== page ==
Update, 12:30 p.m.:
Speaking to reporters in Baltimore, Gov. Martin O’Malley (D) confirmed the possibility of two special sessions, the first dealing with revenue issues, the second with gaming.
“I think that both issues deserve a hearing and some resolution,” O’Malley said. “What made this session very disappointing and frustrating by the end was considering both of those issues at the same time.”
Maryland leaders are looking at the possibility of holding two special sessions of the legislature in coming months: one devoted to a revenue package, the other on gambling legislation.
That notion emerged following a breakfast meeting Tuesday between Maryland Gov. Martin O’Malley (D) and the two presiding officers of the legislature.
House Speaker Michael E. Busch (D-Anne Arundel) said lawmakers could return in mid-May for a special session to pass a revenue package similar to the one that collapsed in the final hours of the General Assembly’s 90-day session.
State House aides said O’Malley also floated the idea of a second special session devoted to a possible gambling expansion. A bill that died on the session’s final day called for a statewide referendum on allowing a Prince George’s County casino and Las Vegas-style table games at the state’s five existing slots venues.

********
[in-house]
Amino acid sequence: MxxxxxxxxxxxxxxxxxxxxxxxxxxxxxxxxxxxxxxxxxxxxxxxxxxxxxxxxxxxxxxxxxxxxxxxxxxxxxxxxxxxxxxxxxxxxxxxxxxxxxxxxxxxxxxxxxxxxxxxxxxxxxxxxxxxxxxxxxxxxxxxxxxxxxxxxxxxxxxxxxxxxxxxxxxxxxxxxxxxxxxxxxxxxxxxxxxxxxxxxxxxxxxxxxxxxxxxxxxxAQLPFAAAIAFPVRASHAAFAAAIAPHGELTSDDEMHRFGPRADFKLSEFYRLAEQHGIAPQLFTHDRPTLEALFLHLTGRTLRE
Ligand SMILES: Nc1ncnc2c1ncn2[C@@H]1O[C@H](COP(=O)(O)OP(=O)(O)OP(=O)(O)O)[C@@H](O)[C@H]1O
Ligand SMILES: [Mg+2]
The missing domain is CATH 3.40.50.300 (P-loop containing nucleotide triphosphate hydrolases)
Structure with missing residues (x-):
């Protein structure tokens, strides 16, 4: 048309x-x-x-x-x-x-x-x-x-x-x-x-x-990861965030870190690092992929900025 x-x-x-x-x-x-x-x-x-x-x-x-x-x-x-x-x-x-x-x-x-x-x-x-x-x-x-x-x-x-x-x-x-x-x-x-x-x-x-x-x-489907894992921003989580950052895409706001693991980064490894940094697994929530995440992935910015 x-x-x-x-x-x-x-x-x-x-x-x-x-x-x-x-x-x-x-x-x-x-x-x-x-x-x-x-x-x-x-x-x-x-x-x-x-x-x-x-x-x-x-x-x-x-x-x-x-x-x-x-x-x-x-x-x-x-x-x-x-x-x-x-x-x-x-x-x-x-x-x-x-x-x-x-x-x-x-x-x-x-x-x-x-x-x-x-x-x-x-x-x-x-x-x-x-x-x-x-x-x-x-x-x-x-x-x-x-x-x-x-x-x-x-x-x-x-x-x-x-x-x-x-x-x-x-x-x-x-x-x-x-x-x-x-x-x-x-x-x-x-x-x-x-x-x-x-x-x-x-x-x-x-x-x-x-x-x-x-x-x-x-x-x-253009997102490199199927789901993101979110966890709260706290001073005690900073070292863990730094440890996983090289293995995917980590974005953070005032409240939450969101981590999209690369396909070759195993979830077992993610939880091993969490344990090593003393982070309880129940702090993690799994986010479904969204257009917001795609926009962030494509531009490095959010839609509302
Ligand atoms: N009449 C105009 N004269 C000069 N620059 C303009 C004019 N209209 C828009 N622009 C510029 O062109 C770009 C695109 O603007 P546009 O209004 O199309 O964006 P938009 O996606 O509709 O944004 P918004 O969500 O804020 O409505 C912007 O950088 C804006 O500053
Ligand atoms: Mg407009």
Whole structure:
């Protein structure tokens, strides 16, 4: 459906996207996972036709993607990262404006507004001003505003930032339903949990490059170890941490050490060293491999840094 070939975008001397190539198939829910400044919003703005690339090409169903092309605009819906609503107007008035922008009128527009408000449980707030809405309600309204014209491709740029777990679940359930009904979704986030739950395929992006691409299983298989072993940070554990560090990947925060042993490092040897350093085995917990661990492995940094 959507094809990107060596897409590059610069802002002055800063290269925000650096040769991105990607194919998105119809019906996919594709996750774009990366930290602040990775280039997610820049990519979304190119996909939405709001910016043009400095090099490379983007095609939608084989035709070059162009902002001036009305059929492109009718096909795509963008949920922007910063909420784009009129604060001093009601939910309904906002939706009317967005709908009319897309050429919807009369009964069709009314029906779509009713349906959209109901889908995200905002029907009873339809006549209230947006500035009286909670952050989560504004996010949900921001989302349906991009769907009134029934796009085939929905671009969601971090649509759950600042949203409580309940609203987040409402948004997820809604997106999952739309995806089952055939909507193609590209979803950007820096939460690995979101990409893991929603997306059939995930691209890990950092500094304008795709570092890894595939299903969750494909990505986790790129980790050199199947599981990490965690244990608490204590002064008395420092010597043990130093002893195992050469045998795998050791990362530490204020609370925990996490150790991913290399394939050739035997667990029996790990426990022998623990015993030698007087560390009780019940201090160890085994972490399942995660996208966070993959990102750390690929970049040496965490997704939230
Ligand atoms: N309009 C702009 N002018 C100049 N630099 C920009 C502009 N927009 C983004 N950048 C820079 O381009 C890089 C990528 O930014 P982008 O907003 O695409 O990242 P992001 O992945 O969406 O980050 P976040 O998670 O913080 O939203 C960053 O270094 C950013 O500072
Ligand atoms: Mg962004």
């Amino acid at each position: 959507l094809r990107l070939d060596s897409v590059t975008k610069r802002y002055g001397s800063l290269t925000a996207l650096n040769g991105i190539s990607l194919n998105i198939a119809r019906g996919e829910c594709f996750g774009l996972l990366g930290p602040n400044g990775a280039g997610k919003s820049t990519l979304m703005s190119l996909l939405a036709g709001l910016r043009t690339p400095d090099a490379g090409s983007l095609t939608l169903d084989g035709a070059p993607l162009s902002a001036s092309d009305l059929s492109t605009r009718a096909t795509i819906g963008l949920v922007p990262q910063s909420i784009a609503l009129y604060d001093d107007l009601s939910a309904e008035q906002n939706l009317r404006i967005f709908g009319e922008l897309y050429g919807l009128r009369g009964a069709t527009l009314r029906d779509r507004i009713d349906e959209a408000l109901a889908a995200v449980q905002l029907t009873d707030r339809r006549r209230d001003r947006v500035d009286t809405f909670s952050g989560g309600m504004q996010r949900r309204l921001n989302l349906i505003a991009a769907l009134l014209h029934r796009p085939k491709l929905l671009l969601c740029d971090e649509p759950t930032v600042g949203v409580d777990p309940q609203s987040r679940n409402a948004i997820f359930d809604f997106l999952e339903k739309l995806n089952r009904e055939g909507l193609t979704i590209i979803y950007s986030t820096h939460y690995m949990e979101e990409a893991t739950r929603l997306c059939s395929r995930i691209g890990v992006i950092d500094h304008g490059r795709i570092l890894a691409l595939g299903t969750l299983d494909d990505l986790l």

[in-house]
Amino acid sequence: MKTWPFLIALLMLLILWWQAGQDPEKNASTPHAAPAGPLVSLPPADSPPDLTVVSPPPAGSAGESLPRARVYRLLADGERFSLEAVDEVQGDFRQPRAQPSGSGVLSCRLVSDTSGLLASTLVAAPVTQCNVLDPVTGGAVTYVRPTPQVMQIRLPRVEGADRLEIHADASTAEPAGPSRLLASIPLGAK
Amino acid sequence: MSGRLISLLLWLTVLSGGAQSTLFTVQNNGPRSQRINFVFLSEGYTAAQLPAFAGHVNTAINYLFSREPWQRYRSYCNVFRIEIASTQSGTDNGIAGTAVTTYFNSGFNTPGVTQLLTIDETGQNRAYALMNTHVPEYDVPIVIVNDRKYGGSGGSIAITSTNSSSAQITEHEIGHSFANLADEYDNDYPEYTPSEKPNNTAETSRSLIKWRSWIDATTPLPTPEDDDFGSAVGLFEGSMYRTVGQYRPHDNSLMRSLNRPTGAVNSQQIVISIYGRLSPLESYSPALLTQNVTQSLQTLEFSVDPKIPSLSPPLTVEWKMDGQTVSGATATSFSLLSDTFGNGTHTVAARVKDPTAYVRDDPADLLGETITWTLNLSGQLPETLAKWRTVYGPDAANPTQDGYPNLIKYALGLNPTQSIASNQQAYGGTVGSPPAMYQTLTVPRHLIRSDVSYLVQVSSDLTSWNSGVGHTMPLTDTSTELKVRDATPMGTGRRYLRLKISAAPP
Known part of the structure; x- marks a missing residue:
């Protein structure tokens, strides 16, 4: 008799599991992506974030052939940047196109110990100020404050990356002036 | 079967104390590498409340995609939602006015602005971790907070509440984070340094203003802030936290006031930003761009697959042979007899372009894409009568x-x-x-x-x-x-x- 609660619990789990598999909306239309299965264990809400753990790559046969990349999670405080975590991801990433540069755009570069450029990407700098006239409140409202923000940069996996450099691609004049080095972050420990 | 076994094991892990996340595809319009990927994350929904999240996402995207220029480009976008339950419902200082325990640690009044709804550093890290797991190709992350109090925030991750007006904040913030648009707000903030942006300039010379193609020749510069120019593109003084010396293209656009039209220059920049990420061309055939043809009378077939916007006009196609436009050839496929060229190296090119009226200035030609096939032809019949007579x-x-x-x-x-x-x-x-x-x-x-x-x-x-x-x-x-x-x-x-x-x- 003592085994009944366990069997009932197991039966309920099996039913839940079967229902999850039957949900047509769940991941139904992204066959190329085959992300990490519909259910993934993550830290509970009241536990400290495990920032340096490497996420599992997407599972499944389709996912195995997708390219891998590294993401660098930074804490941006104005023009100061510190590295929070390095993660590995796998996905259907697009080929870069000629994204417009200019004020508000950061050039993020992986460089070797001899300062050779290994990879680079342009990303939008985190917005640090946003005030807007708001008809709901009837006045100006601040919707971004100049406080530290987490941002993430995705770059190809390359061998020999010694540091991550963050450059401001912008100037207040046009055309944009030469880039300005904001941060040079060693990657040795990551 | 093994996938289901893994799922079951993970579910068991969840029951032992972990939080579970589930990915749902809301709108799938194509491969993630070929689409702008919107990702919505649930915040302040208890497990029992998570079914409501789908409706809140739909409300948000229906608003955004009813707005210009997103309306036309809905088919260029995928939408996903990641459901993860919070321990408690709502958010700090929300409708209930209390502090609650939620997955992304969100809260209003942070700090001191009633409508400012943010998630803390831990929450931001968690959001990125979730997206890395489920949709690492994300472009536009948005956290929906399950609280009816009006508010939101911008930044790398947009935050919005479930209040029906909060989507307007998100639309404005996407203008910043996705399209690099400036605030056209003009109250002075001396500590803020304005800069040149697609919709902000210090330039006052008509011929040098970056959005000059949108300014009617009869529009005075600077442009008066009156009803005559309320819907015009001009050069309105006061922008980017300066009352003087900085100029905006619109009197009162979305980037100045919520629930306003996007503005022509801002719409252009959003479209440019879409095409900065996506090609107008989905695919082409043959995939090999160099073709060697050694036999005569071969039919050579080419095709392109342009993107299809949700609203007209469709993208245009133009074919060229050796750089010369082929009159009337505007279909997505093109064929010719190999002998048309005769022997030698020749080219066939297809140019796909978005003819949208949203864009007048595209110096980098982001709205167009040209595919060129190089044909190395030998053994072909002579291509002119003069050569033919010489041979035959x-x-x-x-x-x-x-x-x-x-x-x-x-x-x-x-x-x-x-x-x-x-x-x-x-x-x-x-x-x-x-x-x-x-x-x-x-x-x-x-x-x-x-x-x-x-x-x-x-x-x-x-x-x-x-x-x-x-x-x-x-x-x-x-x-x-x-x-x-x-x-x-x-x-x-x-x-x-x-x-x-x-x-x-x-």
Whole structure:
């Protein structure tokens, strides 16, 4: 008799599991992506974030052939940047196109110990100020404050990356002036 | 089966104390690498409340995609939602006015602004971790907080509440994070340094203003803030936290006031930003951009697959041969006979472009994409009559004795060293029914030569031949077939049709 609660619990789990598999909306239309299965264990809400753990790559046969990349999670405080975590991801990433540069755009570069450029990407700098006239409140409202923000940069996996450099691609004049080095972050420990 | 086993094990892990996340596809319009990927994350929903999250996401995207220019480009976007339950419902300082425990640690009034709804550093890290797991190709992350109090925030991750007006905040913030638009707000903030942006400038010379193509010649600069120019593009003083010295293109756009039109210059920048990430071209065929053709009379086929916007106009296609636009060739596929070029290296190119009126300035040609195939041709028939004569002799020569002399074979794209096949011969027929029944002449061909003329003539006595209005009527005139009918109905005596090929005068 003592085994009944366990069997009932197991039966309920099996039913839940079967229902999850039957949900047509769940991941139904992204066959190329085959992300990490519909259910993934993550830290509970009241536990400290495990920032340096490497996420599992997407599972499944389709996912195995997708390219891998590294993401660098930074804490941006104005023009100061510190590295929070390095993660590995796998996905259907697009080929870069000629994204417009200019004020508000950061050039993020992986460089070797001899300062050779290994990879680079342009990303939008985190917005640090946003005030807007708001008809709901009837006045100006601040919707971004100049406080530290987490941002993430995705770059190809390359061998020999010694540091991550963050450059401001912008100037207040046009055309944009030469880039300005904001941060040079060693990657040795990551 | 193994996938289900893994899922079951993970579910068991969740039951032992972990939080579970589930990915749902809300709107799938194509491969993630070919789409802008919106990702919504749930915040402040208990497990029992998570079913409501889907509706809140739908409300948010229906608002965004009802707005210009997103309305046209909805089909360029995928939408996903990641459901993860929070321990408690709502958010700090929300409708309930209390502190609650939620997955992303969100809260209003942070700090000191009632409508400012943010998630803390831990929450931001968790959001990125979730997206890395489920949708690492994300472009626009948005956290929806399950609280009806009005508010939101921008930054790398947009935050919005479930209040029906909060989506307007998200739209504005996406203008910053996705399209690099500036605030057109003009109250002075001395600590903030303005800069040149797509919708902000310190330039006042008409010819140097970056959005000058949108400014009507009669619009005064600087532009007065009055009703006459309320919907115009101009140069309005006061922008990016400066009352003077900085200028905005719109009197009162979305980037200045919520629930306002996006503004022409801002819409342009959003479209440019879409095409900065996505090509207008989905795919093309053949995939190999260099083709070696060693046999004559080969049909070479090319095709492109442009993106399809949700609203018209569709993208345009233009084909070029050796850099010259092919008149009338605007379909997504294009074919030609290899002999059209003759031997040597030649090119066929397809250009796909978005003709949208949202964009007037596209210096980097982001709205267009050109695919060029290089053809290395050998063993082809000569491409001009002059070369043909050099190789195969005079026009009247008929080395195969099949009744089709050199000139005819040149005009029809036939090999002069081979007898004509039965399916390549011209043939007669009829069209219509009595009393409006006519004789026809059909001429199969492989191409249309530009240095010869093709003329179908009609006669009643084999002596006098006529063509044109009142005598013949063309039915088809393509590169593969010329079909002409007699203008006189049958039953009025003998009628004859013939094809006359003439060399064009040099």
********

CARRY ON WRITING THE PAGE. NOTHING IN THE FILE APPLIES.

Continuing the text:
That bill was strongly backed by Senate President Thomas V. Mike Miller Jr. (D-Calvert).
“Everyone agreed the primary concern is the budget,” Busch said after the morning meeting at the governor’s mansion.
The inaction of a tax package during the regular session triggered more than $500 million in cuts to education and other planned spending that will take effect in July if lawmakers do not reconvene before then.
O’Malley spokesman Rick Abbruzzese confirmed that a possible gambling expansion was discussed during the meeting but would not provide details.
State House aides said a second special session, likely this summer, would allow time for a consultant study assessing the impact a Prince George’s casino might have on existing locations.
During the regular session, the Senate passed a bill authorizing a full-fledged casino, likely at National Harbor. The legislation also attempted to compensate other casino owners by increasing the share of slots proceeds they would be allowed to keep and allowing them to have table games.
House leaders have suggested the numbers in the Senate bill need more study.
Miller declined to speak to reporters as he departed the State House. O’Malley headed directly to Baltimore, where he was scheduled to address the Maryland State Board of Education.